As Oxford was approached, the Park & Ride bus was left and we disappeared into the covered market for lunch at the wonderful little upstairs of Georgina's. Recommended for the film posters all over the ceiling as well as the very summary of Oxford life that passes through it's little door. When we entered, the Red Hot Chilli Peppers were playing. This was soon passed up, thankfully, for the more cerebral and atmospheric tones of Ben Gibbard as The Postal Service. The album was Give Up, and it commenced with The District Sleeps Alone Tonight.

And that, that is the reason why I missed writing a blog. Because where else would I have the opportunity to wax lyrical about a song from several years ago now, for no reason other than because I can? Here is where.The Postal Service were in fact relatively unfamiliar territory; this song was about the depths of my knowledge of the twosome. Which is curious, given the number of similar sounding acts that have floated my boat in the last year. The District Sleeps Alone Tonight is the sound of an emo icon mixing with electronica, to not entirely unsuccesful effect: it has that wordy, breathy, upfront vocal. It has the apparently disconnected, almost nonsensical lyrics that you'll find in any good example of the emo genre, and the bizarre middle-of-sentence pauses that characterise the style of singing. Rangy, I might call it.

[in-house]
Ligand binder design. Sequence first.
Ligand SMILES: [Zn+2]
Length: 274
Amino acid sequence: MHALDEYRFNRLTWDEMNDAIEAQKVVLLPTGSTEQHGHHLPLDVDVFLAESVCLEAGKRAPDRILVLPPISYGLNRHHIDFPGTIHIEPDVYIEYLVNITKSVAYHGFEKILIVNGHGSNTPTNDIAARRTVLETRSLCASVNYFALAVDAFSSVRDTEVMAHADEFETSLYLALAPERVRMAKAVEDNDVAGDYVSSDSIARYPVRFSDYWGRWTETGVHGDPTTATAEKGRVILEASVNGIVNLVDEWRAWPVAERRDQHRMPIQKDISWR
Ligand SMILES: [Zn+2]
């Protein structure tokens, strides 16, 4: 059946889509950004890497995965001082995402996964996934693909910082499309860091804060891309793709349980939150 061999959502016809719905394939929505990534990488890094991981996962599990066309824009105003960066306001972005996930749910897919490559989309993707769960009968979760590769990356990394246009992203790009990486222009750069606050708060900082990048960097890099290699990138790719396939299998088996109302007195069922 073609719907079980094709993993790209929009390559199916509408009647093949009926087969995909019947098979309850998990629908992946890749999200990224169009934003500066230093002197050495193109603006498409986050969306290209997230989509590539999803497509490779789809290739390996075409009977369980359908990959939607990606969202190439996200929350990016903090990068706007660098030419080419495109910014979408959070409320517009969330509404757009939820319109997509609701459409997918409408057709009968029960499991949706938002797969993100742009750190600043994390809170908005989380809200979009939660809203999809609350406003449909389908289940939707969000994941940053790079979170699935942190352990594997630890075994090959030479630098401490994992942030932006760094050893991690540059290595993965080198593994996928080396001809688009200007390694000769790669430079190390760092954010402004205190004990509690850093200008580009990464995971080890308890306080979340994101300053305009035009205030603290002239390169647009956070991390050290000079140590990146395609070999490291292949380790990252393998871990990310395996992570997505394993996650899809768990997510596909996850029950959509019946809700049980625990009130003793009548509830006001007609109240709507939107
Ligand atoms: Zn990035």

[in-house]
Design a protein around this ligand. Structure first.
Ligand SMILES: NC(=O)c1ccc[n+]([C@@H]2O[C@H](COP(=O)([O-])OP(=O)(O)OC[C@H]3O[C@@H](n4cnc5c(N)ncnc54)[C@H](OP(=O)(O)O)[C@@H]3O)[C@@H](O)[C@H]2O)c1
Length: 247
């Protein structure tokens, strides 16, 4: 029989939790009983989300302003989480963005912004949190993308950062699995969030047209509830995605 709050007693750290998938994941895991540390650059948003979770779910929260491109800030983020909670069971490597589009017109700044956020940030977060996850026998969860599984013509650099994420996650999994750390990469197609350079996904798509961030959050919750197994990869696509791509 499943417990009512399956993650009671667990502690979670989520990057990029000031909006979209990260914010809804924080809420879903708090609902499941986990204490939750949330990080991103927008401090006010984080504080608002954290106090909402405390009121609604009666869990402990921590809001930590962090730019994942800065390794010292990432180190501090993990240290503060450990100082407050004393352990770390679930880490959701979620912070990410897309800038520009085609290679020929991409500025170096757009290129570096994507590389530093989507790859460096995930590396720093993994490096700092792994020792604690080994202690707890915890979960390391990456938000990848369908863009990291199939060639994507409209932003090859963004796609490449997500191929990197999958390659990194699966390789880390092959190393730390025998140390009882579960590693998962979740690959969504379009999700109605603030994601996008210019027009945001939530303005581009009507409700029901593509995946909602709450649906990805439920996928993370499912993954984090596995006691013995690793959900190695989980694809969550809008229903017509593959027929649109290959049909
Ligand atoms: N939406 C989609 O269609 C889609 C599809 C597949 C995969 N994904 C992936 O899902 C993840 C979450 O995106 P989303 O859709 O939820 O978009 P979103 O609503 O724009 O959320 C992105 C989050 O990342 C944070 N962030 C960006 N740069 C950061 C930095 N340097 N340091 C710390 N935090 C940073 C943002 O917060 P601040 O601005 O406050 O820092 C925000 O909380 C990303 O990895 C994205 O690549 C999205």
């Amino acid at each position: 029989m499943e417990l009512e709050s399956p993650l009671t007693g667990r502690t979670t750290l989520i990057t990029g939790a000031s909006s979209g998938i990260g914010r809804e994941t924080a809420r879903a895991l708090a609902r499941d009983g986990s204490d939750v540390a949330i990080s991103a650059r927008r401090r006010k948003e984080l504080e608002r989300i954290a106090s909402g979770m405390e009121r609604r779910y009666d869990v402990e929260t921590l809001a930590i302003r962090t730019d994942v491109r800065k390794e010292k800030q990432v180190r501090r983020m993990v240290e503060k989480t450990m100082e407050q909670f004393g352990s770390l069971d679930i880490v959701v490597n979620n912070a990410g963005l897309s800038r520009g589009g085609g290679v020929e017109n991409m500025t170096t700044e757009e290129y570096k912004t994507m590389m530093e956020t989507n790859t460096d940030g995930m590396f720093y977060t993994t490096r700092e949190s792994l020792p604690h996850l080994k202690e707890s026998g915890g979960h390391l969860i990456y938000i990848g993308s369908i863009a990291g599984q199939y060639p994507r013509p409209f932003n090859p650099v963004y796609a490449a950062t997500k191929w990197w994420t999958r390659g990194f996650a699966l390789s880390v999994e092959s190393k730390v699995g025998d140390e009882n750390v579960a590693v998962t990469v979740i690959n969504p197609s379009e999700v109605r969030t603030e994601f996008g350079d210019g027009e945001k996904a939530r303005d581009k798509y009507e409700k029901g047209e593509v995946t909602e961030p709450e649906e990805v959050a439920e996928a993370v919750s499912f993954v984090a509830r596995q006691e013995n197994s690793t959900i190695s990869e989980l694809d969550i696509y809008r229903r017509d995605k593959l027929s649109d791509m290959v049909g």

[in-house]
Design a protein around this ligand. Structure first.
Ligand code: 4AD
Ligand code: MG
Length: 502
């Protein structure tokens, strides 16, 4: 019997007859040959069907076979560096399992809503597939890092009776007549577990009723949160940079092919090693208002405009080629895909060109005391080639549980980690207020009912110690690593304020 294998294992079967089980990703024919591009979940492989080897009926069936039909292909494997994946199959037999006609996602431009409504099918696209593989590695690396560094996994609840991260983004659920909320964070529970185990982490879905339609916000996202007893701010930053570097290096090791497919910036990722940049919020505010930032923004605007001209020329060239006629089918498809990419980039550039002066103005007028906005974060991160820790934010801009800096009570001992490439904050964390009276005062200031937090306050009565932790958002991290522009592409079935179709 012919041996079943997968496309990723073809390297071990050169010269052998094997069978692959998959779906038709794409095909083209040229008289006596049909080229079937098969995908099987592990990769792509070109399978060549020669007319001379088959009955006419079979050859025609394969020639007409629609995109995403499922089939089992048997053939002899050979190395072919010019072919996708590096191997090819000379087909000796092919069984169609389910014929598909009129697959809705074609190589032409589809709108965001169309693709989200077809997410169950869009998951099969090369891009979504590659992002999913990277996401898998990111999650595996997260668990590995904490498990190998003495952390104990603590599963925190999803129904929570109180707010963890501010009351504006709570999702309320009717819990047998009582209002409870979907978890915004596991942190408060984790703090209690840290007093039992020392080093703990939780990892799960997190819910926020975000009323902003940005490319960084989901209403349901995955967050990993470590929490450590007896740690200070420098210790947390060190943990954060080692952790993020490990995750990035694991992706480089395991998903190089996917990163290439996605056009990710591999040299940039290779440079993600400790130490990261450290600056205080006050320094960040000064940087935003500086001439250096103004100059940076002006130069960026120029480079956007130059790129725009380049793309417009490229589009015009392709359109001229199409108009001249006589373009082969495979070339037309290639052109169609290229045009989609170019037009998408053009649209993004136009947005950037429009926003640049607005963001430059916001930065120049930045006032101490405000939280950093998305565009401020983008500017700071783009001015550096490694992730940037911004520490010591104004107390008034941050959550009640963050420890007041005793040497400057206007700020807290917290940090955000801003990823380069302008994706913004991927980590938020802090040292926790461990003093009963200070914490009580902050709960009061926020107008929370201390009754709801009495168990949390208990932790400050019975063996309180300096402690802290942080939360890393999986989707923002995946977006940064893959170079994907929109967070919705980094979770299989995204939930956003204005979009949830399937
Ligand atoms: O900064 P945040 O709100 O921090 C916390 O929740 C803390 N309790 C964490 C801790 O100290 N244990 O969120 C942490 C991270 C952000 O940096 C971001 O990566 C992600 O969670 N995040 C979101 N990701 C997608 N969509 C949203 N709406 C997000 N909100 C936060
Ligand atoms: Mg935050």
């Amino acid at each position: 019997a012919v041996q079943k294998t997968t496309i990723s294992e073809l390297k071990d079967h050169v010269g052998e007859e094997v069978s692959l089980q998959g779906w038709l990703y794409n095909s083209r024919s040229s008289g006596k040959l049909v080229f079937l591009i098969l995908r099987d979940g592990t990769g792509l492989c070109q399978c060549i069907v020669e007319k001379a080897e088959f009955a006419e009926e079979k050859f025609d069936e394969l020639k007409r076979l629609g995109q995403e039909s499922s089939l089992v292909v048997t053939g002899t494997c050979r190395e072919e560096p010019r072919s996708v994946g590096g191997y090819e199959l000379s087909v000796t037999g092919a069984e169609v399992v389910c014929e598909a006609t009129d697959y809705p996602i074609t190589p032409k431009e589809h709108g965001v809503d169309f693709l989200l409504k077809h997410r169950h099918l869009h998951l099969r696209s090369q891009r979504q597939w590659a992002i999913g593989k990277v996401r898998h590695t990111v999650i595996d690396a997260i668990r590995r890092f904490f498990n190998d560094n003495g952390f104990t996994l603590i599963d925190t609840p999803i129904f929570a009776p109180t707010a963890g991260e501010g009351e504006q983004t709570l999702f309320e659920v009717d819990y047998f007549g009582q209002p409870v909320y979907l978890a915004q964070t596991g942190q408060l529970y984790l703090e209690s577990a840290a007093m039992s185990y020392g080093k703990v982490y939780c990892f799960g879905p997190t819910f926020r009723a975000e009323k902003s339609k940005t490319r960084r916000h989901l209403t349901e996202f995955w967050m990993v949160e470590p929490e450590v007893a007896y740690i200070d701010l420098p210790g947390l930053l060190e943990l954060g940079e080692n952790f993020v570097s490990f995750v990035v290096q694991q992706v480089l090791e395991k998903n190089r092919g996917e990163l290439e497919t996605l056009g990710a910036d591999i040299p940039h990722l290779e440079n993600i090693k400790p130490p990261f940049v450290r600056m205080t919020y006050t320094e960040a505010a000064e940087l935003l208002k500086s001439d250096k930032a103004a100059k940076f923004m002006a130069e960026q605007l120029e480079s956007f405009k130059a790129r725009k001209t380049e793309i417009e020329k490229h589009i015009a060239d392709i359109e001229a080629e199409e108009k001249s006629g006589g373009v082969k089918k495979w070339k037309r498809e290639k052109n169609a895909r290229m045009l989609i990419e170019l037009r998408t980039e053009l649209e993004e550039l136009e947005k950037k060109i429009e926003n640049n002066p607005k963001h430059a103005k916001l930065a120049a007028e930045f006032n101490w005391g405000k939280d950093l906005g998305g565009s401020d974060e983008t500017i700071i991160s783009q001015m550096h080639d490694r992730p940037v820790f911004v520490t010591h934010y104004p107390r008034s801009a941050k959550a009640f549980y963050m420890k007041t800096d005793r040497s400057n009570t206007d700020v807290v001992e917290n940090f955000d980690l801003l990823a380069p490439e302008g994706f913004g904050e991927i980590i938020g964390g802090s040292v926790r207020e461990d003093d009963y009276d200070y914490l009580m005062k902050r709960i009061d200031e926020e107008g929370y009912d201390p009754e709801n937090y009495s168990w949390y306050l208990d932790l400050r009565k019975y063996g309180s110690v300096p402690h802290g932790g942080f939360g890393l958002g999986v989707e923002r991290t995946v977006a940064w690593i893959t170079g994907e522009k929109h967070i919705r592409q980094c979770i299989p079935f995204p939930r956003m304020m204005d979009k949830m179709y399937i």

But it also has a cute, detached guitar part, and glitchtronica beats courtesy of Dntel's Jimmy Tamborello. What sets it apart from everybody else is the glorious chorus. It makes no sense, of course - "You seem so out of context in this gaudy apartment complex" - but it doesn't matter. It soars, it lifts above the clatter and chatter of Georgina's at lunchtime.

I said I couldn't really explain why it'd taken me this long to get round to getting into the Postal Service: after all, this song could probably slot fairly easily into the last album by my beloved Clue To Kalo, and has similarities to the minimalist beauty of Casiotone For The Painfully Alone. Emo buddies separated at birth, I have no idea. Lovely stuff the lot of it though.

The Postal Service - The District Sleeps Alone Tonight (Give Up, 2003)


Young Shields

I admit it: I'm a total hog of the office stereo. It's caused fractions before: I'll never forget the bloody aftermath of a particularly heated Jimmy Cliff vs. Cher exchange with one unenlightened individual. I can be remarkably stubborn, and although my populist sensibilities take over if I'm putting an album on, putting my mp3 player on random is bound to cause some upset.